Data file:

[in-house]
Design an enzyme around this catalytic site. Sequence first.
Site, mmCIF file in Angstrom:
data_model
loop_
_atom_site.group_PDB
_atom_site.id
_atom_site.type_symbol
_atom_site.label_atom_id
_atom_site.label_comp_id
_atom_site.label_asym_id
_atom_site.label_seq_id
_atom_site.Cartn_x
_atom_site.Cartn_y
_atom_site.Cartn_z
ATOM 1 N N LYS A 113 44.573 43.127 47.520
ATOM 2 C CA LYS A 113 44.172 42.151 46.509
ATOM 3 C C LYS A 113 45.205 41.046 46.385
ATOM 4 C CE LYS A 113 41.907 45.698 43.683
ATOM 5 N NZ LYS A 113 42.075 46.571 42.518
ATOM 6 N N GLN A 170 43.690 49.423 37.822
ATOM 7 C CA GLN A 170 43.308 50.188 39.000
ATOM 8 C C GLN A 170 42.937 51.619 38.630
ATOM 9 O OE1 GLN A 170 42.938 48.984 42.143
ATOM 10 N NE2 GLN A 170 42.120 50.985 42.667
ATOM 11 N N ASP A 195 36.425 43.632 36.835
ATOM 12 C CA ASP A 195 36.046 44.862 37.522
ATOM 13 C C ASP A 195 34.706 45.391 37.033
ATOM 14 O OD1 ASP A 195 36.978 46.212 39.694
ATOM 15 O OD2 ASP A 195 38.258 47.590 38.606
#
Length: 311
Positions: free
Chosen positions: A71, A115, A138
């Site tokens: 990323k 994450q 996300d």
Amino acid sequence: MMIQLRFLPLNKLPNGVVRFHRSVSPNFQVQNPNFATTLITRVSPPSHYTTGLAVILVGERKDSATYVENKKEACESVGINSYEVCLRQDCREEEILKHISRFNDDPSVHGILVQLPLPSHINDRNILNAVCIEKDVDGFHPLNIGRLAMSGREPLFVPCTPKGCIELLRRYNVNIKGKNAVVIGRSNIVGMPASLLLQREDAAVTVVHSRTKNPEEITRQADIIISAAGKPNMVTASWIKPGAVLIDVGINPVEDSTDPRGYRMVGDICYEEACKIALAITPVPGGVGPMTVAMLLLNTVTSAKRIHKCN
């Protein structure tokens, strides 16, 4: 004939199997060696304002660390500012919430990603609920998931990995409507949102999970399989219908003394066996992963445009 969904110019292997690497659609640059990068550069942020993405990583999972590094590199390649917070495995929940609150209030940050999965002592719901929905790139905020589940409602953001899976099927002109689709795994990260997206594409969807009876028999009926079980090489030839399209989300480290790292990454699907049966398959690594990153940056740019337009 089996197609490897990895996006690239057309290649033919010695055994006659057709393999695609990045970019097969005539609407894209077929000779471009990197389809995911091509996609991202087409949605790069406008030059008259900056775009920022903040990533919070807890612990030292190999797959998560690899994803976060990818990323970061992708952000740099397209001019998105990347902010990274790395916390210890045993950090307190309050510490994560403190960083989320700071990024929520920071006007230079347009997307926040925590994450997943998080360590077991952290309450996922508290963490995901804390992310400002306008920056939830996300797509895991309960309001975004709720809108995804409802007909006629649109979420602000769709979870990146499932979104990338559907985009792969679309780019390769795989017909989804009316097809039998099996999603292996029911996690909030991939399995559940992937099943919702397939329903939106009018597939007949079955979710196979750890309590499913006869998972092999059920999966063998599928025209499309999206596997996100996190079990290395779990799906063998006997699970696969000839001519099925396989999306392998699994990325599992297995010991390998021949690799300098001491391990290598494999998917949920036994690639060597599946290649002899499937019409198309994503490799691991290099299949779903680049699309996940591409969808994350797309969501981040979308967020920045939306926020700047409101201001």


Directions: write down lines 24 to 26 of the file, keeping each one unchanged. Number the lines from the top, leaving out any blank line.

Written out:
ATOM 9 O OE1 GLN A 170 42.938 48.984 42.143
ATOM 10 N NE2 GLN A 170 42.120 50.985 42.667
ATOM 11 N N ASP A 195 36.425 43.632 36.835